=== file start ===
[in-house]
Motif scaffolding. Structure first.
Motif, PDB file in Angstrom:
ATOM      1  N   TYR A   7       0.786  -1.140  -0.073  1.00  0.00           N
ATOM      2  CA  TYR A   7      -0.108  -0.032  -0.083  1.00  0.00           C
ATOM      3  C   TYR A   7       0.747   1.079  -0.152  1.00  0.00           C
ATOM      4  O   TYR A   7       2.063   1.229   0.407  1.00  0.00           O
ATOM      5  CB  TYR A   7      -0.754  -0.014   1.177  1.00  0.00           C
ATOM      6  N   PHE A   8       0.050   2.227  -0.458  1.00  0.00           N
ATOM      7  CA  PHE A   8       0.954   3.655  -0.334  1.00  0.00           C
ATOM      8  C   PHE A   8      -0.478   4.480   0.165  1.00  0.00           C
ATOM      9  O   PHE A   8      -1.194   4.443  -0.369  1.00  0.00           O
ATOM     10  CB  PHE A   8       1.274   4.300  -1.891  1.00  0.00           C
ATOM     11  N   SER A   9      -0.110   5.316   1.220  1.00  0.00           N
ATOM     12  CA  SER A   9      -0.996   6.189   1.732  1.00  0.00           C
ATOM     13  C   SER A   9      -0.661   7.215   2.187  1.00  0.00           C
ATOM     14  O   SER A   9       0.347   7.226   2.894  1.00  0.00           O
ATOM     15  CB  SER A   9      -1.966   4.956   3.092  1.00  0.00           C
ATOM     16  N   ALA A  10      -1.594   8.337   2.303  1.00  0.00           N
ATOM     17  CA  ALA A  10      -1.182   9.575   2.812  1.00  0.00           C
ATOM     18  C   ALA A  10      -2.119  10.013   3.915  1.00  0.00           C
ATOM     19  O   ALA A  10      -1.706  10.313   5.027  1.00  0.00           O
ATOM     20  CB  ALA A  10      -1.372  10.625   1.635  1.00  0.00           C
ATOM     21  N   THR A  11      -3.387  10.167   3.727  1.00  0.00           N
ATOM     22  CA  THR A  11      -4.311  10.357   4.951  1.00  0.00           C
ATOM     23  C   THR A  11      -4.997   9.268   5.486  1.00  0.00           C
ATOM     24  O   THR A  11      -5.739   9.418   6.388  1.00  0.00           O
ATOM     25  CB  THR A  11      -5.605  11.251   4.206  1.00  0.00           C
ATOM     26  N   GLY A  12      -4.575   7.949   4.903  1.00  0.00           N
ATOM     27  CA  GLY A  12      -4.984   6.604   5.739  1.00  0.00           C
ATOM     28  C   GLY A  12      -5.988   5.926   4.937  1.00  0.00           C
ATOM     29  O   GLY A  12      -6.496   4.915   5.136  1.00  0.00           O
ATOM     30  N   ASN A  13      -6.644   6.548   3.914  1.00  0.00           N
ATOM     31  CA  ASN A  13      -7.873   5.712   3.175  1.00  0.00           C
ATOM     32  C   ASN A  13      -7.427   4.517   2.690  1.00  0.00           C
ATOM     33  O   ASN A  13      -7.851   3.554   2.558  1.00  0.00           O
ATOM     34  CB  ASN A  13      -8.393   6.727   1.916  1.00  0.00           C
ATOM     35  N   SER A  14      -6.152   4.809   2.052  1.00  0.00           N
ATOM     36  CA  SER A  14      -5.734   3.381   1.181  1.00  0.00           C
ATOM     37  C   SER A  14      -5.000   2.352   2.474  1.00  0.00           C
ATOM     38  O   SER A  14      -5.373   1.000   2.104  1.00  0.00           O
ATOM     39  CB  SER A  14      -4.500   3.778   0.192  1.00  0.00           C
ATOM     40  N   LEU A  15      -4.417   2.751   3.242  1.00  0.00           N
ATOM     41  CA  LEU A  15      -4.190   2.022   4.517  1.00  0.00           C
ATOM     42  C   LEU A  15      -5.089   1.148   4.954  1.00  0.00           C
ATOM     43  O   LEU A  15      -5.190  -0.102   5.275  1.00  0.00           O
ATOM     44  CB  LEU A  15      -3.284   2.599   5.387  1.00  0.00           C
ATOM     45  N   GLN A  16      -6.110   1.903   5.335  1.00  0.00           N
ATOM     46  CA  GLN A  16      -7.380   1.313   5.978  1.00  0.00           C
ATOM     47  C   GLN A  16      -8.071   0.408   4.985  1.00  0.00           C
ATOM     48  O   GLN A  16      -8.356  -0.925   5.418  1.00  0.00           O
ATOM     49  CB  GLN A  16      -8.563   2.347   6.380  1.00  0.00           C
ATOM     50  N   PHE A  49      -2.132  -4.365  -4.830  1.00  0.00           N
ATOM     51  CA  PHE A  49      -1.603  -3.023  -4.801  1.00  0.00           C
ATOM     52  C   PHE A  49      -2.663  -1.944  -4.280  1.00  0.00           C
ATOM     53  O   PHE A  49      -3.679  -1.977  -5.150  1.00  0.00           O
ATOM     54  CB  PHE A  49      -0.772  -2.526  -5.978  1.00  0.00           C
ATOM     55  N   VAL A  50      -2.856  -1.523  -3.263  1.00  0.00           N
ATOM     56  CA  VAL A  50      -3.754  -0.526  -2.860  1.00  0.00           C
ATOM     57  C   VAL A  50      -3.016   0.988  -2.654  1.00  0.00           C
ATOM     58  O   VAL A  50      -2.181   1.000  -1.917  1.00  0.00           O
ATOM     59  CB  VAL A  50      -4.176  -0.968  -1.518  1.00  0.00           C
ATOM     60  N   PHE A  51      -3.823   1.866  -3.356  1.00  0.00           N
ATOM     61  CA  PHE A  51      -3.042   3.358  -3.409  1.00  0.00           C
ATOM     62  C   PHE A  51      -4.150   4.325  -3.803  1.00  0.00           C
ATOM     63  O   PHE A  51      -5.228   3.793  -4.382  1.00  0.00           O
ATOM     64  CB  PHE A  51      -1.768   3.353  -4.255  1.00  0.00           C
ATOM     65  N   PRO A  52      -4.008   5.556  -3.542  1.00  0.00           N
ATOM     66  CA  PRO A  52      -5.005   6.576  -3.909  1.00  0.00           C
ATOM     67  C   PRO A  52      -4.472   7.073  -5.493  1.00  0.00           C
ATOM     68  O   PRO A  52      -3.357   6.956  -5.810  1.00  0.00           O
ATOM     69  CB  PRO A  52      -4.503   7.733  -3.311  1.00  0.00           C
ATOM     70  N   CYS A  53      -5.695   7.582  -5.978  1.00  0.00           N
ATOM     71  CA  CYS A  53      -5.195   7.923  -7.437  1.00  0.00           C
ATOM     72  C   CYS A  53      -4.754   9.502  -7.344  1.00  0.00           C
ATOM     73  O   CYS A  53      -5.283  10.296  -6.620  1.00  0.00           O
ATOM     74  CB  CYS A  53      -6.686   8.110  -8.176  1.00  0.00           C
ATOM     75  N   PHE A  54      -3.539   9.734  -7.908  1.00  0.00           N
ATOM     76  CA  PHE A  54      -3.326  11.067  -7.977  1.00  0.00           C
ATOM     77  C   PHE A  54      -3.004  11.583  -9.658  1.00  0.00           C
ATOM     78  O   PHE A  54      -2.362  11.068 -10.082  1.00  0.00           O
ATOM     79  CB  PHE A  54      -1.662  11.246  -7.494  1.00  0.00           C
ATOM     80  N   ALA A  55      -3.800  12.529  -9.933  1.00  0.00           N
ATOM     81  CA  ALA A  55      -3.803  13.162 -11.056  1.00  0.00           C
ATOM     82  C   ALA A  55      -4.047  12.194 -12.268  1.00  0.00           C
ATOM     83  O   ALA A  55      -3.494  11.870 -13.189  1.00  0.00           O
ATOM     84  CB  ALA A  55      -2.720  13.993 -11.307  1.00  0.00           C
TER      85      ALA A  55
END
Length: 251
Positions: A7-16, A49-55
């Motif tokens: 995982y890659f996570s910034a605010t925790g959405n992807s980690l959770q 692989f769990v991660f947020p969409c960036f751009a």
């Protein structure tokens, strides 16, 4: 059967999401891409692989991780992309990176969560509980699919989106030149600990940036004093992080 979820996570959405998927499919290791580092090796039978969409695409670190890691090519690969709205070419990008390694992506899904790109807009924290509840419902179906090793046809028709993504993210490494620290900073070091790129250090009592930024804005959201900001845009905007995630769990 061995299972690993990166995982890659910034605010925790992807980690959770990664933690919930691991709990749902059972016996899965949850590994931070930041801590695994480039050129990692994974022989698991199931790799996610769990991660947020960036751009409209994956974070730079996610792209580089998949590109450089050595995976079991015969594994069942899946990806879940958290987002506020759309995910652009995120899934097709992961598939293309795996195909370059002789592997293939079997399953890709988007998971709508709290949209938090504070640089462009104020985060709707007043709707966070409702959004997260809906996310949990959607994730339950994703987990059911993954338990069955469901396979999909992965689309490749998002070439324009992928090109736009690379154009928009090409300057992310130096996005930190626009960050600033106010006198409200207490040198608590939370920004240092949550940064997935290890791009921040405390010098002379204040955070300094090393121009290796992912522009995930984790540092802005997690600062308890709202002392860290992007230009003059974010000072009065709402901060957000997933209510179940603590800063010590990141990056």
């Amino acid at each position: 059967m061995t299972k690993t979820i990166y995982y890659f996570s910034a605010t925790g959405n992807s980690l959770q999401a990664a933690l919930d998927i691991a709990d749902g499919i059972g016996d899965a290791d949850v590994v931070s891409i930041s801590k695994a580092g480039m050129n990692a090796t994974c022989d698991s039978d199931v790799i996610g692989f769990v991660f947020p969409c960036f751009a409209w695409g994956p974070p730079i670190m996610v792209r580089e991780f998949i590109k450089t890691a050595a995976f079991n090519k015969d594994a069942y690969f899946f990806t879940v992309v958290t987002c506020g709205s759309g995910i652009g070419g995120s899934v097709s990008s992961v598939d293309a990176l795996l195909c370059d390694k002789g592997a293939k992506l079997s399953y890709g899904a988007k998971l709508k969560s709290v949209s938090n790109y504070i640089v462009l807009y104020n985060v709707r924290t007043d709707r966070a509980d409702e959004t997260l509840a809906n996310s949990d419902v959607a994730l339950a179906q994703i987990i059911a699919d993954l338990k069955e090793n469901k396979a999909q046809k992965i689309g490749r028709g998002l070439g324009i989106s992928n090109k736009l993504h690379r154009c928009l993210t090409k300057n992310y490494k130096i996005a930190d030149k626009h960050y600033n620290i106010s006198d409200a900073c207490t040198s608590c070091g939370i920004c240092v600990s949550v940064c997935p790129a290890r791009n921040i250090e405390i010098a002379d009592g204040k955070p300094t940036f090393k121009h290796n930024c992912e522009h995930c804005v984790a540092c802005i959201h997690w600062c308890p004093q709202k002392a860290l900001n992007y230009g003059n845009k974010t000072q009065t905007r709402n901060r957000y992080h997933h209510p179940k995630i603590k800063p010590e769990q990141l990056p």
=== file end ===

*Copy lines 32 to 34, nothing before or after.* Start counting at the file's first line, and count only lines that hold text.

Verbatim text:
ATOM     29  O   GLY A  12      -6.496   4.915   5.136  1.00  0.00           O
ATOM     30  N   ASN A  13      -6.644   6.548   3.914  1.00  0.00           N
ATOM     31  CA  ASN A  13      -7.873   5.712   3.175  1.00  0.00           C